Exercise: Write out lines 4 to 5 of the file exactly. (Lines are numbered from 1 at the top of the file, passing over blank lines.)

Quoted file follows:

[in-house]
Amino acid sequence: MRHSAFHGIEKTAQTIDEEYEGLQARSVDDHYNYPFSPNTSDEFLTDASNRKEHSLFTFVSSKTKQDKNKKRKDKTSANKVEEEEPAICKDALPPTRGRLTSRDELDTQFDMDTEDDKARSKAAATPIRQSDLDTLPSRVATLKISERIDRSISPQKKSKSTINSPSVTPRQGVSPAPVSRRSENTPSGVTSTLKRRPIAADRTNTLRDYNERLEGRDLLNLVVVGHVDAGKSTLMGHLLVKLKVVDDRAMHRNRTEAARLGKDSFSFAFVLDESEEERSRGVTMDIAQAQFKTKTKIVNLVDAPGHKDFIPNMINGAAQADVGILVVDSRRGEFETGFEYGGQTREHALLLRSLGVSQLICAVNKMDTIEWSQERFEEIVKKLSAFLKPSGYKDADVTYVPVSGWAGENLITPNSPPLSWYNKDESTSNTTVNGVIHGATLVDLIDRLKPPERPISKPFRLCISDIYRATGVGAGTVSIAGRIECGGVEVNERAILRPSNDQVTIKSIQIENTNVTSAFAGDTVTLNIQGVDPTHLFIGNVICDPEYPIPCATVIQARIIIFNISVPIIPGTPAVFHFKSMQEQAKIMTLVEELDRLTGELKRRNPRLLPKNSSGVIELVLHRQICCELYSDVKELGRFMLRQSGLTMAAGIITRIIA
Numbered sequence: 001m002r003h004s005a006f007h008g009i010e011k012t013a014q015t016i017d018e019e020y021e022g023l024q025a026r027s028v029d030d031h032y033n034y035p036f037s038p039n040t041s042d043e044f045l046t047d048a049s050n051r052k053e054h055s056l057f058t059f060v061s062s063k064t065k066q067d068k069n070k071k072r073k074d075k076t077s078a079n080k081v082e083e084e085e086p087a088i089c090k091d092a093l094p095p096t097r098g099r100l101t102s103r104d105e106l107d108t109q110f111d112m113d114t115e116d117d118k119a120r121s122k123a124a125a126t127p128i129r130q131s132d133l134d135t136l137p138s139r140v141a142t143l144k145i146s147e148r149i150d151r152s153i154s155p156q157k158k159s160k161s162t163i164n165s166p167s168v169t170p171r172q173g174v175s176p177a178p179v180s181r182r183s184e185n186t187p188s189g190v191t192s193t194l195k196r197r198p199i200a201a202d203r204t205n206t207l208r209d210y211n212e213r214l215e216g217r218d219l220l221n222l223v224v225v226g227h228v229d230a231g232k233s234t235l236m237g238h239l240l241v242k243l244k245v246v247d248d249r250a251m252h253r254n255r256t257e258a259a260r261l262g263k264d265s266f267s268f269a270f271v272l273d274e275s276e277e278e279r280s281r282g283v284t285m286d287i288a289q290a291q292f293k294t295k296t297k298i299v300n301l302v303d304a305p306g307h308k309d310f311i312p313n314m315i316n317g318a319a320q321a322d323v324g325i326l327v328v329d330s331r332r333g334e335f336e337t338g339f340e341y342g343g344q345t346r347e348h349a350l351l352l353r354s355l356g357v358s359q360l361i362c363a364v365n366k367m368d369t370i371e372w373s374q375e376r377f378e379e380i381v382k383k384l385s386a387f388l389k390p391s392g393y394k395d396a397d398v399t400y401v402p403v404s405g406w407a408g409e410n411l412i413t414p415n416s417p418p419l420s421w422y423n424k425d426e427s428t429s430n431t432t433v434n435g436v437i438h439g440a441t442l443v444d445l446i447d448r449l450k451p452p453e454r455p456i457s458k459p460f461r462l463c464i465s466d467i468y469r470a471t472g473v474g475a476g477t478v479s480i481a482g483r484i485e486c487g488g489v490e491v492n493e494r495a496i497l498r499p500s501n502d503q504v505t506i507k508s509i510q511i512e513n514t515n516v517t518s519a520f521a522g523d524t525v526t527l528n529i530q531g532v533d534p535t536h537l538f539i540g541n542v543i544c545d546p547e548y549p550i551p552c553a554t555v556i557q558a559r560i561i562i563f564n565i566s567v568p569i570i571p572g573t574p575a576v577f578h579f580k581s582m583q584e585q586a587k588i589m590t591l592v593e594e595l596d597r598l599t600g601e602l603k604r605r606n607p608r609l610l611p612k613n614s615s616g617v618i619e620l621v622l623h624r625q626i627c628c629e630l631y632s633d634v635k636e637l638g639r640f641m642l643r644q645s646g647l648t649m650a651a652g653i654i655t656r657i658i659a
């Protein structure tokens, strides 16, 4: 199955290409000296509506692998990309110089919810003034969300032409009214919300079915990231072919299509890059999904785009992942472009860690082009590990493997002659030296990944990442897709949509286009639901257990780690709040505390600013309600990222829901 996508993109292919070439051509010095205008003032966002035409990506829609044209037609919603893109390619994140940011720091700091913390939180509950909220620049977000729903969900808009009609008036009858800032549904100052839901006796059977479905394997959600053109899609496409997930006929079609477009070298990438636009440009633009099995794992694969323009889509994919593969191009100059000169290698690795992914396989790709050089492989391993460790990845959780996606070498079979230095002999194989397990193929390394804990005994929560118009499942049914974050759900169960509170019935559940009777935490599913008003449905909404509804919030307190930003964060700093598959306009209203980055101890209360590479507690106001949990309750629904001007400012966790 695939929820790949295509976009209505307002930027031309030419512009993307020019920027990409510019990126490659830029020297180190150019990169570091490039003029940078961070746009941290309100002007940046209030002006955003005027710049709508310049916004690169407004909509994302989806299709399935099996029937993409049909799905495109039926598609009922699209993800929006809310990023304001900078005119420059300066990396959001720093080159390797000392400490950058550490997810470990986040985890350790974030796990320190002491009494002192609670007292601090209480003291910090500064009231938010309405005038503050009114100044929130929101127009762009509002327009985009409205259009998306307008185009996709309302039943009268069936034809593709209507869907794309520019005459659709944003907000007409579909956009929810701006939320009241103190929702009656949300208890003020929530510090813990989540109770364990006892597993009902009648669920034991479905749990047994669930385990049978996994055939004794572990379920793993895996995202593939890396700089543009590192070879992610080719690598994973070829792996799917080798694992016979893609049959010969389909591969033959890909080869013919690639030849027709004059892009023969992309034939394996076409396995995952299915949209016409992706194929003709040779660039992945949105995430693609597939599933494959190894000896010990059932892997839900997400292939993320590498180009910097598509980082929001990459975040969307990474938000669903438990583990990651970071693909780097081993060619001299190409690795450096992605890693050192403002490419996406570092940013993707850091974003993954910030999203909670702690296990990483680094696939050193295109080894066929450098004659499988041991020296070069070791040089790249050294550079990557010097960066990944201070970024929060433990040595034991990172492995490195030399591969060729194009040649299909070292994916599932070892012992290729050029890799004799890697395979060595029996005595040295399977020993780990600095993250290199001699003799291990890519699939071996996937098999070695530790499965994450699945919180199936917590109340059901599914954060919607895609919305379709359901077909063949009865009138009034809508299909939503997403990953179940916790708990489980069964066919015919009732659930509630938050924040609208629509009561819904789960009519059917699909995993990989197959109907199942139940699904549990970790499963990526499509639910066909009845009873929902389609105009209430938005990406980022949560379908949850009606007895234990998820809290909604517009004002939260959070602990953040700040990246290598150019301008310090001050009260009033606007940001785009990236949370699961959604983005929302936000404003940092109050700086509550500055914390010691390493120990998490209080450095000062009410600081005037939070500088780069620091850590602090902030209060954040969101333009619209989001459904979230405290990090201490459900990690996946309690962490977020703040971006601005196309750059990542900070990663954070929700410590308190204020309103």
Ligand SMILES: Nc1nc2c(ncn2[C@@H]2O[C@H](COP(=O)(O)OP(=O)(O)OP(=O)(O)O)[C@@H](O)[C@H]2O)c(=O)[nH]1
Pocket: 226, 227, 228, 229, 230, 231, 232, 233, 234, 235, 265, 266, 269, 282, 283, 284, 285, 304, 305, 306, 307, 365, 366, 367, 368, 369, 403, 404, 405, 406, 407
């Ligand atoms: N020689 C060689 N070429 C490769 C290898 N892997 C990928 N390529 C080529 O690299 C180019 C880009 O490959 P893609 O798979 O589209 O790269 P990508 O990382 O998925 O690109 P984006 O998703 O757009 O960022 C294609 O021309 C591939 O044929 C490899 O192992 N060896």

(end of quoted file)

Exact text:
């Protein structure tokens, strides 16, 4: 199955290409000296509506692998990309110089919810003034969300032409009214919300079915990231072919299509890059999904785009992942472009860690082009590990493997002659030296990944990442897709949509286009639901257990780690709040505390600013309600990222829901 996508993109292919070439051509010095205008003032966002035409990506829609044209037609919603893109390619994140940011720091700091913390939180509950909220620049977000729903969900808009009609008036009858800032549904100052839901006796059977479905394997959600053109899609496409997930006929079609477009070298990438636009440009633009099995794992694969323009889509994919593969191009100059000169290698690795992914396989790709050089492989391993460790990845959780996606070498079979230095002999194989397990193929390394804990005994929560118009499942049914974050759900169960509170019935559940009777935490599913008003449905909404509804919030307190930003964060700093598959306009209203980055101890209360590479507690106001949990309750629904001007400012966790 695939929820790949295509976009209505307002930027031309030419512009993307020019920027990409510019990126490659830029020297180190150019990169570091490039003029940078961070746009941290309100002007940046209030002006955003005027710049709508310049916004690169407004909509994302989806299709399935099996029937993409049909799905495109039926598609009922699209993800929006809310990023304001900078005119420059300066990396959001720093080159390797000392400490950058550490997810470990986040985890350790974030796990320190002491009494002192609670007292601090209480003291910090500064009231938010309405005038503050009114100044929130929101127009762009509002327009985009409205259009998306307008185009996709309302039943009268069936034809593709209507869907794309520019005459659709944003907000007409579909956009929810701006939320009241103190929702009656949300208890003020929530510090813990989540109770364990006892597993009902009648669920034991479905749990047994669930385990049978996994055939004794572990379920793993895996995202593939890396700089543009590192070879992610080719690598994973070829792996799917080798694992016979893609049959010969389909591969033959890909080869013919690639030849027709004059892009023969992309034939394996076409396995995952299915949209016409992706194929003709040779660039992945949105995430693609597939599933494959190894000896010990059932892997839900997400292939993320590498180009910097598509980082929001990459975040969307990474938000669903438990583990990651970071693909780097081993060619001299190409690795450096992605890693050192403002490419996406570092940013993707850091974003993954910030999203909670702690296990990483680094696939050193295109080894066929450098004659499988041991020296070069070791040089790249050294550079990557010097960066990944201070970024929060433990040595034991990172492995490195030399591969060729194009040649299909070292994916599932070892012992290729050029890799004799890697395979060595029996005595040295399977020993780990600095993250290199001699003799291990890519699939071996996937098999070695530790499965994450699945919180199936917590109340059901599914954060919607895609919305379709359901077909063949009865009138009034809508299909939503997403990953179940916790708990489980069964066919015919009732659930509630938050924040609208629509009561819904789960009519059917699909995993990989197959109907199942139940699904549990970790499963990526499509639910066909009845009873929902389609105009209430938005990406980022949560379908949850009606007895234990998820809290909604517009004002939260959070602990953040700040990246290598150019301008310090001050009260009033606007940001785009990236949370699961959604983005929302936000404003940092109050700086509550500055914390010691390493120990998490209080450095000062009410600081005037939070500088780069620091850590602090902030209060954040969101333009619209989001459904979230405290990090201490459900990690996946309690962490977020703040971006601005196309750059990542900070990663954070929700410590308190204020309103």
Ligand SMILES: Nc1nc2c(ncn2[C@@H]2O[C@H](COP(=O)(O)OP(=O)(O)OP(=O)(O)O)[C@@H](O)[C@H]2O)c(=O)[nH]1